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But the liberal world view that has dominated the public sphere prefers to deconstruct the very idea of “civilisation”. It denies that clashes between the West and the rest are likely or even possible. On the contrary: the preferred liberal civilisational discourse focuses on cross-cultural dialogue and engagement; if there is aggression between civilisations, it is axiomatic that the West must be the cause, whether efficient or final. Contrasts between civilisation and barbarism are dismissed out of hand as ridiculously outmoded. A recent BBC programme presented by the influential historian Sir David Cannadine, the president of the British Academy, blamed Edward Gibbon’s History of the Decline and Fall of the Roman Empire for the idea that Western civilisation emerged from Greece and Rome, in stark contrast to the Orient, and Huntington for the idea that the West is today confronted by hostile Islamic or Confucian civilisations. And Cannadine’s recent, much-acclaimed history of 19th-century Britain castigated the Victorians for their failure to treat such ancient civilisations with proper respect. The history of the United States is likewise scrutinised on the basis that “the Other” is never an enemy but a friend, or at least a trading partner.

What was lost in the fog of retrospective reprimand is the fact — for it is a fact — that the two great nation states that have exercised the most benign influence on the progress and empowering of humanity have been the United States and the United Kingdom, without whose efforts Western civilisation would never have flourished as it has and certainly not have survived the onslaught of those, past and present, dedicated to its extirpation. The very familiarity of the Anglophone ascendancy has bred contempt not only among our foes but even more among our own liberal elites. And this is dangerous, because civilisations have in fact clashed throughout recorded history and do indeed perish.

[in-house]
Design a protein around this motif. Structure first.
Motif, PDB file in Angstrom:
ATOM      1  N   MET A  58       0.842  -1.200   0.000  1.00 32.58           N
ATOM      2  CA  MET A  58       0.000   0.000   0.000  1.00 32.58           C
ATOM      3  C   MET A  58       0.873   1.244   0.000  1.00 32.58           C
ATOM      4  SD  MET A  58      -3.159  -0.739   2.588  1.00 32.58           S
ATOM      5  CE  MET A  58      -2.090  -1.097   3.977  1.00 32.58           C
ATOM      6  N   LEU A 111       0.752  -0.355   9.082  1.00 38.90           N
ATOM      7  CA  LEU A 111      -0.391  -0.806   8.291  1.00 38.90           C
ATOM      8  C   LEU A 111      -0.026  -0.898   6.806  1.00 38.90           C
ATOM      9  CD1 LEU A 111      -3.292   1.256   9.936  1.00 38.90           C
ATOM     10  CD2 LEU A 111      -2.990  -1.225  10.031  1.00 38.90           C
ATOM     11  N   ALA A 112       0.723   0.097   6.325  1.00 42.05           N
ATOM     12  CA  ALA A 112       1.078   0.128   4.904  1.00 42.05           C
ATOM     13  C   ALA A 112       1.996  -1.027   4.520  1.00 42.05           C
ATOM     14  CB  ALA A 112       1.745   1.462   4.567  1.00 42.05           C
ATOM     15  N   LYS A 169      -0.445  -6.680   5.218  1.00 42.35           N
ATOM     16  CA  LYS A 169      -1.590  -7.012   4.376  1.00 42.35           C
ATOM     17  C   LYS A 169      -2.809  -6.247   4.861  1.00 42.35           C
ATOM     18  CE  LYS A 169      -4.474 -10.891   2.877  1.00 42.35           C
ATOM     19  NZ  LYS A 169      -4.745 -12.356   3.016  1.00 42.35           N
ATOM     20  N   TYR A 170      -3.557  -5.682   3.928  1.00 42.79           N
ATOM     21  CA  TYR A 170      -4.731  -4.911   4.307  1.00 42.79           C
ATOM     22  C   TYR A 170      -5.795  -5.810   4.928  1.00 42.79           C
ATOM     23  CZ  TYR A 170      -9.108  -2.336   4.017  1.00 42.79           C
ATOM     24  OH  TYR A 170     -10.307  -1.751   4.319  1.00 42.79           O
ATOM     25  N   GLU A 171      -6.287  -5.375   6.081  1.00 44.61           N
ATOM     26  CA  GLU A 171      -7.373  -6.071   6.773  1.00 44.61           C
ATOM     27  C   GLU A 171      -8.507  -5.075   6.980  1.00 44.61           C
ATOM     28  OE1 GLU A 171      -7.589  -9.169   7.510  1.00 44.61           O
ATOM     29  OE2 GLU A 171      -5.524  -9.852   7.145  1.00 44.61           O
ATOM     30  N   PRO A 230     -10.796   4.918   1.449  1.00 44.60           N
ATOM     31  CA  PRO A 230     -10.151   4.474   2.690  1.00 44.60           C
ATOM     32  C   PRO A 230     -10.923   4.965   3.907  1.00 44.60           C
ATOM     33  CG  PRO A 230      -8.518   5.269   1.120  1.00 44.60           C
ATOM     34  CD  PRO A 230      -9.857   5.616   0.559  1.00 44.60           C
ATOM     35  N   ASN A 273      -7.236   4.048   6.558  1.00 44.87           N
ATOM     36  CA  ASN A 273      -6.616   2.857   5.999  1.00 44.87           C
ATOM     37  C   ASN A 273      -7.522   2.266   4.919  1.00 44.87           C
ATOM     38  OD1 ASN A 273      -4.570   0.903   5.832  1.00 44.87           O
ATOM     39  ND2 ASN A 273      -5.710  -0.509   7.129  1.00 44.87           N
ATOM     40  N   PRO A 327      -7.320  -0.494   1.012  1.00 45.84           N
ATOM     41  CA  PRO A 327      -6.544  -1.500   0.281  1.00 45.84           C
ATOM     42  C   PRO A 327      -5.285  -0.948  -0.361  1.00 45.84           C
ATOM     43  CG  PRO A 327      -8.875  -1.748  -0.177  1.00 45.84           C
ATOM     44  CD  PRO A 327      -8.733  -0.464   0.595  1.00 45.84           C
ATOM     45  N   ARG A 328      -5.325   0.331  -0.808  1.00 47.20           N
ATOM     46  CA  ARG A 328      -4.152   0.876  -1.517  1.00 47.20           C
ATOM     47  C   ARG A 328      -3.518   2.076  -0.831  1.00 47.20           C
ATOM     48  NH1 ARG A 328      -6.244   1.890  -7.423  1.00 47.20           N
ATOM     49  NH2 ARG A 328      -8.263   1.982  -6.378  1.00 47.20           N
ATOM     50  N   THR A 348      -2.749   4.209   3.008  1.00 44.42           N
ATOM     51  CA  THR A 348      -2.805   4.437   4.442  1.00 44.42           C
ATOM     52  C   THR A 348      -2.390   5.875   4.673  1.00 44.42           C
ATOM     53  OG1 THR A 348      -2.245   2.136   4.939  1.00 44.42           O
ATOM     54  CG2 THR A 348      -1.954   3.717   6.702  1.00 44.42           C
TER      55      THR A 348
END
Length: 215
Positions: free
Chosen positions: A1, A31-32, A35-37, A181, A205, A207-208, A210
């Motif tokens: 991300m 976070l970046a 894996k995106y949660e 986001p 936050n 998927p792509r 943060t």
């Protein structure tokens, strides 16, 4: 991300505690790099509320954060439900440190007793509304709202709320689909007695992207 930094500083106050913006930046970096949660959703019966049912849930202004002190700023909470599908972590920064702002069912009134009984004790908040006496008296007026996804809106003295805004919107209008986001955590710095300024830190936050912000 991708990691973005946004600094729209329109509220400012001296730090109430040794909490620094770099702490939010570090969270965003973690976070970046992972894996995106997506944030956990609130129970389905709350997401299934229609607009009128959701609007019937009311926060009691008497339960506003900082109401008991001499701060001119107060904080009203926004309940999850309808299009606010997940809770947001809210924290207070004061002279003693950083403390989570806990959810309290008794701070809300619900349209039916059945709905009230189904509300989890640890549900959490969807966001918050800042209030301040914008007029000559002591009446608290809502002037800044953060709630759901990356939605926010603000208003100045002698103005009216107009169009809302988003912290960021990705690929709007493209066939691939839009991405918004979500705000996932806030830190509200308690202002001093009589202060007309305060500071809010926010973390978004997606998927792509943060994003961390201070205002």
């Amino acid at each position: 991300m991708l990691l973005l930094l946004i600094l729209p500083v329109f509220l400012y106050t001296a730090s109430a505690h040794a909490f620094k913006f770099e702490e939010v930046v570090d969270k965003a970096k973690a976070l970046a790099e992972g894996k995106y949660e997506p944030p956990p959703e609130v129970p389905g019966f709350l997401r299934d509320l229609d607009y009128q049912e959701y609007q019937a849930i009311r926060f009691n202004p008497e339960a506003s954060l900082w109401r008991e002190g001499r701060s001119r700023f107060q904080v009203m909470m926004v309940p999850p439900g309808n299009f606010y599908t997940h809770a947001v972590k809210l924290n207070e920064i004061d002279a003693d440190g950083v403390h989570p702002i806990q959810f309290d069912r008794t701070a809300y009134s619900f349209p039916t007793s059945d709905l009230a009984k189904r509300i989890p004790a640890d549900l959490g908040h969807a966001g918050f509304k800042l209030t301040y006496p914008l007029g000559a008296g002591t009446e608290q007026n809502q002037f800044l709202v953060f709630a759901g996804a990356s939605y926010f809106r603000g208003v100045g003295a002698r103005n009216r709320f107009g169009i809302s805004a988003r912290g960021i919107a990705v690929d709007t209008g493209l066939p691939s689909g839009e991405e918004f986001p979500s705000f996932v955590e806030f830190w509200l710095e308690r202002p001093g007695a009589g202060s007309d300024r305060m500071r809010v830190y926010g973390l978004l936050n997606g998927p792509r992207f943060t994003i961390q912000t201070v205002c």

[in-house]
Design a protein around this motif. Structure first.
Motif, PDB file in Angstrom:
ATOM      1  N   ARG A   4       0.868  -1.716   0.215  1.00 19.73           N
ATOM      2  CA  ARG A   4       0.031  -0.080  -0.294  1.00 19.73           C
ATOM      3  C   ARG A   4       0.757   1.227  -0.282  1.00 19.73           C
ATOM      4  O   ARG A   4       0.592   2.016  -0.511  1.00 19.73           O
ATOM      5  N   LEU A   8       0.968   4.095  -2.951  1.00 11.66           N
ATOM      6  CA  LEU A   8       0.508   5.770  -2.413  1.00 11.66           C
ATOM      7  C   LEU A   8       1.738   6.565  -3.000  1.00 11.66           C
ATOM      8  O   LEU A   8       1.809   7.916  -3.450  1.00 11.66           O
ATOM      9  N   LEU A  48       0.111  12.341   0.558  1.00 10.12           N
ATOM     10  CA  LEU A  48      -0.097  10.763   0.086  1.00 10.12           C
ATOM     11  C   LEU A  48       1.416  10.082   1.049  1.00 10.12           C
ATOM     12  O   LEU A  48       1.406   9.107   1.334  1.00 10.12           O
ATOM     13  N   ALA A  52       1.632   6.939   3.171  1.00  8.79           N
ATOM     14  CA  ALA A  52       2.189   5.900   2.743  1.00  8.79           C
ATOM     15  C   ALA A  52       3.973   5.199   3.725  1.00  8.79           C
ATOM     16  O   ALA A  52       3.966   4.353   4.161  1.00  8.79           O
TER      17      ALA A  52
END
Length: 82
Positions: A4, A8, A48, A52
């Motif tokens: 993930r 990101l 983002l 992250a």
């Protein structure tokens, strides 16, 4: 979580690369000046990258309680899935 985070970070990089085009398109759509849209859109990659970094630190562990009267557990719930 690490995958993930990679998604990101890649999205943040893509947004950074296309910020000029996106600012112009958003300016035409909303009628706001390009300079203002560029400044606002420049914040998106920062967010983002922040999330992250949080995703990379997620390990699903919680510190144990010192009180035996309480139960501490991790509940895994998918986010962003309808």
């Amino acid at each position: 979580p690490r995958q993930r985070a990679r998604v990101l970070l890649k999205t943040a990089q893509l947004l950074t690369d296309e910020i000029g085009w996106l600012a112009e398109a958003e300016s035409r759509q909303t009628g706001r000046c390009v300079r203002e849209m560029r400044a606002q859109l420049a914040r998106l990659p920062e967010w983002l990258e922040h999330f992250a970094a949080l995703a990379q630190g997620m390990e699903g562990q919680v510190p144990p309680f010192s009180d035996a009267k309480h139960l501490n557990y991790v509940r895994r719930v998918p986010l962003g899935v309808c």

Within living memory, our own civilisation came close to perishing. In the summer of 1940, the bulk of the Eurasian landmass lay under the yoke of dictatorships, from the Atlantic to the Pacific. If the Battle of Britain had been lost, the threat to America would have been immediate. The British could prevent the French fleet from being seized by the Nazis or Fascists, but if Britain had been defeated, the Americans could not have prevented the Royal Navy falling into German hands, which would have left the US Navy outnumbered by the combined naval forces of the Axis. Roosevelt knew this, because Churchill had warned him; that is why Churchill unhesitatingly ordered the destruction of the French fleet at Mers-el-Kébir. The Atlantic Alliance, which has endured from that day to this, was and is the essential prerequisite for the survival of Western civilisation.

The post-Cold War idyll did not last long. The wars in the Gulf and Yugoslavia were successful in demonstrating that dictators could not violate the sovereignty of their neighbours or commit genocide with impunity. The Russians opposed both interventions against their allies, Iraq and Serbia, but these relatively localised conflicts reinforced the illusion of a global authority, with the United States leading Nato to enforce the resolutions of the United Nations. The idea of combining liberal internationalism with conservative realpolitik appealed to Western leaders of Left and Right, from Bill Clinton and Tony Blair to George W. Bush and Dick Cheney. Democracy was still the watchword, as it had been in the two world wars and the Cold War; democracies do not fight one another. For the sake of peace and prosperity, the West had a direct interest in promoting democracy, rather than propping up corrupt dictators. Even in the most volatile region of the world, the Middle East, democracy was the only solution, as the astonishing success of the state of Israel has demonstrated for some 70 years.
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